This could be the year for grass tetany
Grass tetany is a serious, and often fatal, metabolic disease caused by low blood levels of magnesium. It is also known as grass staggers or wheat pasture poisoning. It most commonly affects older cows early in lactation, but it may also occur in any cattle. It occurs most commonly when cattle are grazing lush, immature grass and it often affects the best cows in the herd. It is typically a late winter or early spring problem coinciding with the rapid growth of cool season grasses. Across much of Oklahoma this winter, anyone would have a hard time classifying pastures as “lush,” but don’t let the first look fool you. In many pastures, the old growth from last summer is gone and cattle are eating almost exclusively new green growth. Recent temperature and moisture conditions are conducive to rapid growth of the cool season grasses and I have already heard of several herds experiencing dead or down cows with low blood magnesium levels. High levels of nitrogen fertilization reduce magnesium availability, especially in soils that are high in potassium or aluminum. While in veterinary practice in northwest Arkansas, we always expected to see multiple grass tetany cases when the fescue started rapid growth after application of poultry litter. In western Oklahoma, it is common in cows grazing wheat pasture when moderate temperatures are combined with high levels of nitrogen application.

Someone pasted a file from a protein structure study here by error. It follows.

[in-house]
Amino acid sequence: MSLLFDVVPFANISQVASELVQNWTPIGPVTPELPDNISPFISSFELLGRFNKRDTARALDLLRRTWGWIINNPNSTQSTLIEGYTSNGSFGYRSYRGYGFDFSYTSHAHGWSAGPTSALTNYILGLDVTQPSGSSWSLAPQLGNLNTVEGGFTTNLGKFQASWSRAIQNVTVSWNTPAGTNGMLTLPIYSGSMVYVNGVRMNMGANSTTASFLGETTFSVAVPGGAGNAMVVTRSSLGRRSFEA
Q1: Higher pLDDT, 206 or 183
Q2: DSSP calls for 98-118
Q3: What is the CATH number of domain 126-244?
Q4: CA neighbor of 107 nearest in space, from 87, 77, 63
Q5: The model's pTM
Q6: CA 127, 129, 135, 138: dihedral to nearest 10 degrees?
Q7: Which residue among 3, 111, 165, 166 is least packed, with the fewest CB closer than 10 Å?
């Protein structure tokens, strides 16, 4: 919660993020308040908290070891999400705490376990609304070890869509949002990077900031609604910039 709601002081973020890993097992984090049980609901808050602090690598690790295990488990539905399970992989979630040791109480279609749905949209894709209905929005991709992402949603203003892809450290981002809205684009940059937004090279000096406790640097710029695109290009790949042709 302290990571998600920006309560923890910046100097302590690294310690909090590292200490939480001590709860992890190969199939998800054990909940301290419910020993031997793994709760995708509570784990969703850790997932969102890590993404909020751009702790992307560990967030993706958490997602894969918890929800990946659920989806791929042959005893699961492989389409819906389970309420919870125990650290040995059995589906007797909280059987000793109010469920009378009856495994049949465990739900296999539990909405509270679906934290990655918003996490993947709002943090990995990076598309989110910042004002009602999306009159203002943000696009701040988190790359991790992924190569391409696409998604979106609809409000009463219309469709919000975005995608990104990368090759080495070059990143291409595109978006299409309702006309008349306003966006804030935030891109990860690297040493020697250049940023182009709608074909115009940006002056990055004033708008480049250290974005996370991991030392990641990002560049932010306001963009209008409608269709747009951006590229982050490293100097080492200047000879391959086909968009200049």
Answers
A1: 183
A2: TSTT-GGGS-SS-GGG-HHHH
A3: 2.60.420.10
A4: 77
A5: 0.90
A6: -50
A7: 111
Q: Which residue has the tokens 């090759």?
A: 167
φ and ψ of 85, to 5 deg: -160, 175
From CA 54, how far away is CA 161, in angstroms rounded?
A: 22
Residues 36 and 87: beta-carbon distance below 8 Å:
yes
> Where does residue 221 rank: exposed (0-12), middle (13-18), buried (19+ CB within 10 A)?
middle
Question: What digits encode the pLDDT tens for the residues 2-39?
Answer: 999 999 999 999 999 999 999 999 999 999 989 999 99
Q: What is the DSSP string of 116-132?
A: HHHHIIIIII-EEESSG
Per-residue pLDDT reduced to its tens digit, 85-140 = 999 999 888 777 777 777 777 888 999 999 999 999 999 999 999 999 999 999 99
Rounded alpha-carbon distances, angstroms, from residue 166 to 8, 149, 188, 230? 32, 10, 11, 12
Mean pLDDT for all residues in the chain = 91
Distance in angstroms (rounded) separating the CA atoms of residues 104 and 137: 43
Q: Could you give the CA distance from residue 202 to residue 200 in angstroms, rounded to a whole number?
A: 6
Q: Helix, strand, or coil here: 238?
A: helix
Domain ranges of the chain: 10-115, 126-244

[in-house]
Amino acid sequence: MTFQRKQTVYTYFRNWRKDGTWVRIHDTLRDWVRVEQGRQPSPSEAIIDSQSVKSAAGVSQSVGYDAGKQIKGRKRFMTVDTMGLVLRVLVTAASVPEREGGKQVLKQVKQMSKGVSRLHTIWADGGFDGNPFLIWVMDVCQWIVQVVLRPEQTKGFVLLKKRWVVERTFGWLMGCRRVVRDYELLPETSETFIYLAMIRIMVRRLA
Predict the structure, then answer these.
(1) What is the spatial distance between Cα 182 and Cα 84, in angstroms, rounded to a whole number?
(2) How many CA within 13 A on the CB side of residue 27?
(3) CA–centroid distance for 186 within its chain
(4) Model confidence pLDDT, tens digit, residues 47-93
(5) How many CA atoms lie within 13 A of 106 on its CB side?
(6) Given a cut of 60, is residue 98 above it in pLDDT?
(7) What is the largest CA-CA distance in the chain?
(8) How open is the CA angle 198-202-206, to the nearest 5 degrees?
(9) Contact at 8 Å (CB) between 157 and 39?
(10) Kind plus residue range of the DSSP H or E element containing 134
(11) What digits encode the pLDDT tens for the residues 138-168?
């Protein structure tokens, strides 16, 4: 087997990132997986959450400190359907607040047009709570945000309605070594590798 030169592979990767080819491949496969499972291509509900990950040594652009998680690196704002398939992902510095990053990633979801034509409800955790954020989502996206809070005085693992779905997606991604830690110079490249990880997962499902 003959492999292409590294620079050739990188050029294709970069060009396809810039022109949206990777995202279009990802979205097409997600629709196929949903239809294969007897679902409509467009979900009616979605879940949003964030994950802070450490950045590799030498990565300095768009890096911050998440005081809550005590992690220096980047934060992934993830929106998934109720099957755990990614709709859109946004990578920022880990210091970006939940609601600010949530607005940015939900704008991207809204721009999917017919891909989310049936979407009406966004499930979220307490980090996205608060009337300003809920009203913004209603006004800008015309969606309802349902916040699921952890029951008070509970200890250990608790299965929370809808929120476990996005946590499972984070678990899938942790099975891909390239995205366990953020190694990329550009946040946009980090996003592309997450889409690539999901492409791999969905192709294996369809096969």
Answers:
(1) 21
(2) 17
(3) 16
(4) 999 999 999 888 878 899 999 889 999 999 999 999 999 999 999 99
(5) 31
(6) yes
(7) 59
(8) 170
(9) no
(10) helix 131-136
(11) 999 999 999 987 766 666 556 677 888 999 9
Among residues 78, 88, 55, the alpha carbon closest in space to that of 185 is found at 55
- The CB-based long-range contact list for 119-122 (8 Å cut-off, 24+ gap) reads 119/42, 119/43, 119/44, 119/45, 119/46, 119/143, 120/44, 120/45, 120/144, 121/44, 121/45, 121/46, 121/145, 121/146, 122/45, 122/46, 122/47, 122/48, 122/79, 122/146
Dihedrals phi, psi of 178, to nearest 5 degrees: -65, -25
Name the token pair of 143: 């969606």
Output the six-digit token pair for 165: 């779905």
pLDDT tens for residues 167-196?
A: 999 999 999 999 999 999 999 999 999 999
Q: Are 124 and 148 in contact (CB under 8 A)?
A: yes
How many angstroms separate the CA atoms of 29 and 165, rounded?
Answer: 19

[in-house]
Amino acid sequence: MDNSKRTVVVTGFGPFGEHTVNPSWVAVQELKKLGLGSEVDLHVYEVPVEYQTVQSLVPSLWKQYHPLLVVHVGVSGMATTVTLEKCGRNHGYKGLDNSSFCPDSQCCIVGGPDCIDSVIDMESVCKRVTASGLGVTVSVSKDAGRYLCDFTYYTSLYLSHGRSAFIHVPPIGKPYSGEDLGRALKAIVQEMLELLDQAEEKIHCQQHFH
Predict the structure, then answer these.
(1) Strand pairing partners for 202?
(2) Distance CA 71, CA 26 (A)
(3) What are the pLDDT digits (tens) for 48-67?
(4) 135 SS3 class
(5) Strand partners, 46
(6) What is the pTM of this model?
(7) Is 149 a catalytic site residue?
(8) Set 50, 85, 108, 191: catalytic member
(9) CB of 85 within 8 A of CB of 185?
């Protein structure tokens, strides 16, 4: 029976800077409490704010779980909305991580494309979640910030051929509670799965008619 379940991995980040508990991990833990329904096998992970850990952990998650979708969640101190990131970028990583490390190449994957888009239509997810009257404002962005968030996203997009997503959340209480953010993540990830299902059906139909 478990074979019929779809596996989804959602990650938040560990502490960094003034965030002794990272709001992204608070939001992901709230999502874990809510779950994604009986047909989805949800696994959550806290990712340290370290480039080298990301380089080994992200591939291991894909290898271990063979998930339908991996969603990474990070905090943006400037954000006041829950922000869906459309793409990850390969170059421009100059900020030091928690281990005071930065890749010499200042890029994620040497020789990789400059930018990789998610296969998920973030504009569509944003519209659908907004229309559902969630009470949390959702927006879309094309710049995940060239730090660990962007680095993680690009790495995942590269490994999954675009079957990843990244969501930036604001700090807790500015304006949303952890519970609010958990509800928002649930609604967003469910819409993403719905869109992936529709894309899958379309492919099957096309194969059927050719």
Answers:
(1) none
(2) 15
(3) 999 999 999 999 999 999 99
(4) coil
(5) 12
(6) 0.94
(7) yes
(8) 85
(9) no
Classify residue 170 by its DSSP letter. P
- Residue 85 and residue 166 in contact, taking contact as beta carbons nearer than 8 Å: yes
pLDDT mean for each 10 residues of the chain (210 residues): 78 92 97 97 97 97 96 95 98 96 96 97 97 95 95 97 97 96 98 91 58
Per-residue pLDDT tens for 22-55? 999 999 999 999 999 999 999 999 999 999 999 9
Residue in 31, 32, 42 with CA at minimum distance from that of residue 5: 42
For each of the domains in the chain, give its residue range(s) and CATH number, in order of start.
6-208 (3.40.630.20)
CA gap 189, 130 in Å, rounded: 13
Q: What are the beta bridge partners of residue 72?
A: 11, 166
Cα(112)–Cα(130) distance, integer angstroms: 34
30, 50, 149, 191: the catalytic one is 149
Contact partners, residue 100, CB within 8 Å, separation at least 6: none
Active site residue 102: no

Signs of grass tetany begin with an uncoordinated gait and end up with recumbence, convulsions and death. The course can progress rapidly and animals are often found dead without any prior signs being observed. Evidence of thrashing will usually surround the dead animal. Intravenous calcium may cause a response in a few cases but more often has no effect.
Luckily, prevention is more effective than treatment. Graze less susceptible cattle, such as calves, yearlings, or dry cows on pastures where problems are likely to occur. Dolomite or high Mg limestone can increase the availability of magnesium while raising the pH of the soil. On high risk pastures, the use of a mineral with high magnesium content increases the blood magnesium levels and alleviates the potential for problems. Since there is very little capacity for storage and rapid mobilization of magnesium, supplemental magnesium must be consumed on a daily basis. If the supplement is allowed to run out, the cattle are suddenly again at risk.
In these times of high cattle prices coupled with high input costs, every calf counts. By the time you realize you have a grass tetany problem, it is probably too late to do much except dispose of the carcasses and figure out what you are going to tell the banker. In this case, an ounce of prevention truly does equal a pound of cure. — Dave Sparks, DVM, Oklahoma State University Area Extension Food Animal Quality and Health Specialist